QRP operation is considered using power levels of 5 watts or less CW and 10 watts or less SSB.

I like weak signals

Do more with less...QRP

Thursday, December 26, 2013

LNR Par End Fed EFT - 10/20/40 Antenna

One of my Christmas gifts was a new "trail friendly" LNR EFT Antenna.
I'm very excited about this low power, low profile, very compact (when stored) end fed antenna.

From previous blogs you have read about my experience with a home brew 20 meter end fed, which works quite well. I've been very happy with the results I've gotten as far as DX contacts and general stateside QSO's....

This LNR EFT is very small, very light, and appears well constructed. Southern Ohio weather has been cold and very winter like lately, so actual testing with it mounted in various locations will be forthcoming as WX permits.

The appeal of this EFT is 4 fold: 3 band operation, only one support required, vertical positioning favoring DX, horizontal positioning favoring domestic QSO's, it's stored weight and size.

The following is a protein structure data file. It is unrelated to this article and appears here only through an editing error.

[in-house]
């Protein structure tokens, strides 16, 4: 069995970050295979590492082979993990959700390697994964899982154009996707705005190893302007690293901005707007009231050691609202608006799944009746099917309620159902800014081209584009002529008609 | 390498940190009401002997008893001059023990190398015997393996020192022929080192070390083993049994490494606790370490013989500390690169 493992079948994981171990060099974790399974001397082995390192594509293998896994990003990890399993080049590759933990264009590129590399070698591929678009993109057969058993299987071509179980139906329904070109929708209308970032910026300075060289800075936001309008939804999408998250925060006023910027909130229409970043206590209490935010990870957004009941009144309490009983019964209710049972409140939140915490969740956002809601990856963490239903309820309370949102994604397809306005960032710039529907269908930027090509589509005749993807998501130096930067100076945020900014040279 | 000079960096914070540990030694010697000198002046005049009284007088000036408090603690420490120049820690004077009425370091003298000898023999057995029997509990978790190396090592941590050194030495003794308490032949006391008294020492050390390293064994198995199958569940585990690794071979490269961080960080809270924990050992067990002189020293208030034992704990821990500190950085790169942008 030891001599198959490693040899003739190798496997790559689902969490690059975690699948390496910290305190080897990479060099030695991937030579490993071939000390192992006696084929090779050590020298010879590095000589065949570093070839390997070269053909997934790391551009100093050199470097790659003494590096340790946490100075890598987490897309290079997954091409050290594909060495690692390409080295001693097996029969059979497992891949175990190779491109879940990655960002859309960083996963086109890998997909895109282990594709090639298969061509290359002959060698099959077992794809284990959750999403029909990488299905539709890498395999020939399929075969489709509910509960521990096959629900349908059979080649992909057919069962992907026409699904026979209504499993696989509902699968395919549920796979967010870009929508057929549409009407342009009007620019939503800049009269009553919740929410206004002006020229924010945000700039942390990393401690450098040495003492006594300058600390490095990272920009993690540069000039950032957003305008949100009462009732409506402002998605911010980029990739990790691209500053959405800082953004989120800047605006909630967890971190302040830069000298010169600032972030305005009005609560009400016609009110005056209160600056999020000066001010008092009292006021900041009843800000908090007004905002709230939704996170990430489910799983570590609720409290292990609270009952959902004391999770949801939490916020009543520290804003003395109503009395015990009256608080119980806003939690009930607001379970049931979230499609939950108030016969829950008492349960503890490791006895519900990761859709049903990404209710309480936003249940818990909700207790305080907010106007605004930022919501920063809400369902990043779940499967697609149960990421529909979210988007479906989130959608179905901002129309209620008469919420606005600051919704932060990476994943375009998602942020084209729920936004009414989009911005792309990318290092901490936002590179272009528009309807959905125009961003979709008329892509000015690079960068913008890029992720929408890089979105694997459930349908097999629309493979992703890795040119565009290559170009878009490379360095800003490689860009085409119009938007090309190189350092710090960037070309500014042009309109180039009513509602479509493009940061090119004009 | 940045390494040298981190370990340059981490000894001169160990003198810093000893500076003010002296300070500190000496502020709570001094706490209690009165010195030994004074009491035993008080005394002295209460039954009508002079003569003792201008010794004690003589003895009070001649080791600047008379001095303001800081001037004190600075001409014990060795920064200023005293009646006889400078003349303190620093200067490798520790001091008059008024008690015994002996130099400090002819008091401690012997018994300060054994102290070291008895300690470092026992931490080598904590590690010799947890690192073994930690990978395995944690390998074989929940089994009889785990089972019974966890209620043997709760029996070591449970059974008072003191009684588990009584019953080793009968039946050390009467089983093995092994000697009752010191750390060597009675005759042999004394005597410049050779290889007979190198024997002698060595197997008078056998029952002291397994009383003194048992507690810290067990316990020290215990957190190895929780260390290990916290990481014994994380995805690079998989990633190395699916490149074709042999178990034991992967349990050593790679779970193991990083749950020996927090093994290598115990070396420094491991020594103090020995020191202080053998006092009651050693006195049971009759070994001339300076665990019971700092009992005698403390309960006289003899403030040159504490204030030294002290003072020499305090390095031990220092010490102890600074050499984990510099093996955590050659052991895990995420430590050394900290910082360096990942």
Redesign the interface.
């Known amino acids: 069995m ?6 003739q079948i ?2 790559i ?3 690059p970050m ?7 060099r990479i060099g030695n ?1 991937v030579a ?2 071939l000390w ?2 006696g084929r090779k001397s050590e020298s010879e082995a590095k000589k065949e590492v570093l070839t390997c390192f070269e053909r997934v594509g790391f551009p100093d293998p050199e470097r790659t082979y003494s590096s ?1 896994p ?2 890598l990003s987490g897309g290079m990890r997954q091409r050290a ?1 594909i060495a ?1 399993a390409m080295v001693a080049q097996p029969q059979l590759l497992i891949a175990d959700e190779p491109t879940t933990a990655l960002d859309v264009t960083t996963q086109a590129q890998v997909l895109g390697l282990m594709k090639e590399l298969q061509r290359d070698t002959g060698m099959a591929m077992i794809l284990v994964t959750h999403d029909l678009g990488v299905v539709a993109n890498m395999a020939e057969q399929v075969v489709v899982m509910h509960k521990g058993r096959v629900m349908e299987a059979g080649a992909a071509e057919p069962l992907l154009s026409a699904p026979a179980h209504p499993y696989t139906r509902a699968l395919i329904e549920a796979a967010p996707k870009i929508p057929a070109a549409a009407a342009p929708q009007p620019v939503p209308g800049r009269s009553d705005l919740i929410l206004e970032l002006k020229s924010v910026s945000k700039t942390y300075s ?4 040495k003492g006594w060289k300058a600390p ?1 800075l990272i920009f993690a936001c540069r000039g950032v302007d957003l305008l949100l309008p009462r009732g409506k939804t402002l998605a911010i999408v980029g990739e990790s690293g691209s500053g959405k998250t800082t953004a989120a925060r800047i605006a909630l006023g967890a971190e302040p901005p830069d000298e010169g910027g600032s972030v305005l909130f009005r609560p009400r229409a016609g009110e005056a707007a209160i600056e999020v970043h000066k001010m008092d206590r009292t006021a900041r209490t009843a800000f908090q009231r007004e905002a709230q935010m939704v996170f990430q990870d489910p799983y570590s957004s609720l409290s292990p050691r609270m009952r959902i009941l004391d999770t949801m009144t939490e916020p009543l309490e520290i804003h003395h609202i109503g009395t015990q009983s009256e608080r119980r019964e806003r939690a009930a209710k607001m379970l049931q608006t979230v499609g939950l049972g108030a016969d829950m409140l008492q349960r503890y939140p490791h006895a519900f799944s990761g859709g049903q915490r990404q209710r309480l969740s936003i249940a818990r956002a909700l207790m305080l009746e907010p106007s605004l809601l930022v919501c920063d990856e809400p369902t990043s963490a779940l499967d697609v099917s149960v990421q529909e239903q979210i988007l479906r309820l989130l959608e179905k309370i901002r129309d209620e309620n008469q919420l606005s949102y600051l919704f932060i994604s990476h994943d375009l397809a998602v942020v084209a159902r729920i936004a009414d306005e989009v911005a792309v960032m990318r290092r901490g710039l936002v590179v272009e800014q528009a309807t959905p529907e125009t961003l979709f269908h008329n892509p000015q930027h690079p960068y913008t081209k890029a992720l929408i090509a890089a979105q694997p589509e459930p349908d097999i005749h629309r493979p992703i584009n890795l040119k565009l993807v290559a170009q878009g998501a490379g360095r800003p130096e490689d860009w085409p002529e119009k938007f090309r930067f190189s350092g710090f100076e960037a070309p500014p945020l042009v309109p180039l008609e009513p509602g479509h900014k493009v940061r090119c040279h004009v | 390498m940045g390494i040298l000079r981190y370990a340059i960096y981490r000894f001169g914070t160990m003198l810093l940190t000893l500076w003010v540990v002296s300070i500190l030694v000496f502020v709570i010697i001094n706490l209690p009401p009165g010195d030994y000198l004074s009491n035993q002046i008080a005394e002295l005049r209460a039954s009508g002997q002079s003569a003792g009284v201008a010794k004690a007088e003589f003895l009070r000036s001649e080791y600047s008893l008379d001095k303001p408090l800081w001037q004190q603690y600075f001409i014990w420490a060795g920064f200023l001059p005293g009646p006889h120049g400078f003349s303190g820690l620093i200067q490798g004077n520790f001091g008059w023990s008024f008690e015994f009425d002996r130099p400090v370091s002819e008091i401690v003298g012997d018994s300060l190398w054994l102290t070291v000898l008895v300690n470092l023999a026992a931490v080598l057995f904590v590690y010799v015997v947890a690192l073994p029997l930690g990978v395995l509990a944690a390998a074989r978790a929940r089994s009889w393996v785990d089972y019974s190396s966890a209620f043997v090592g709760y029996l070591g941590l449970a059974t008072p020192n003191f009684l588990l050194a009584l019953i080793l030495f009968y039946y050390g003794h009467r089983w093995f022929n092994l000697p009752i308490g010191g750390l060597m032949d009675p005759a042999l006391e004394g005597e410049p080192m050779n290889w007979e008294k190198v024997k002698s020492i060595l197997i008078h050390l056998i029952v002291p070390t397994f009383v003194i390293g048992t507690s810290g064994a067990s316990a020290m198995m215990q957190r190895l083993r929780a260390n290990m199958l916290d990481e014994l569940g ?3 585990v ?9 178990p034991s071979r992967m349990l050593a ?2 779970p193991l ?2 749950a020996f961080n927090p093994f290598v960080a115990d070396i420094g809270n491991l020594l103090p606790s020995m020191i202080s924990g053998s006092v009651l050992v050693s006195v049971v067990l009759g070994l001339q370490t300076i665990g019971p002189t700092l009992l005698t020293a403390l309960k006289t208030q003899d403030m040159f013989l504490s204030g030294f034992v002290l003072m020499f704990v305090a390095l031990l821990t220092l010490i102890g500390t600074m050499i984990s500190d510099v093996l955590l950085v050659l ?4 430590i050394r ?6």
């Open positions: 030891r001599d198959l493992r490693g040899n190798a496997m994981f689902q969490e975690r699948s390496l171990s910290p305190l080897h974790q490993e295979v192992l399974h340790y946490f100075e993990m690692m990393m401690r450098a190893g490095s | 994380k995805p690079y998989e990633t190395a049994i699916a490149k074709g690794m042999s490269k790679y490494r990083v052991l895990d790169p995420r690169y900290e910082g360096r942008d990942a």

Results of on the air testing and use will be posted here....

update: 3/23/14
weather here was very nice yesterday. A 40/80 meter dipole our local radio group uses for field day was erected and tested. It had issues last year and its owner had replaced the feed line. Seems to work ok. I put it up as an inverted V . It was resonant in the phone portion of each band.

I also pulled down my 160m sloper/L antenna from the trees. I put it on a fiberglass 40' pole and have tried to configure as a sloper but it is not loading the 160 meter band. I may try to cut it for 60 meters...

The LNR EFT was very easy to deploy. I had it in a horizontal configuration, then as a vertical. After trimming 2 inches off the radiator, it was good on all 3 bands. However, as a vertical the dips of the analyzer where in different places. hopefully todays wx will allow me to put it back up just out the window here.  

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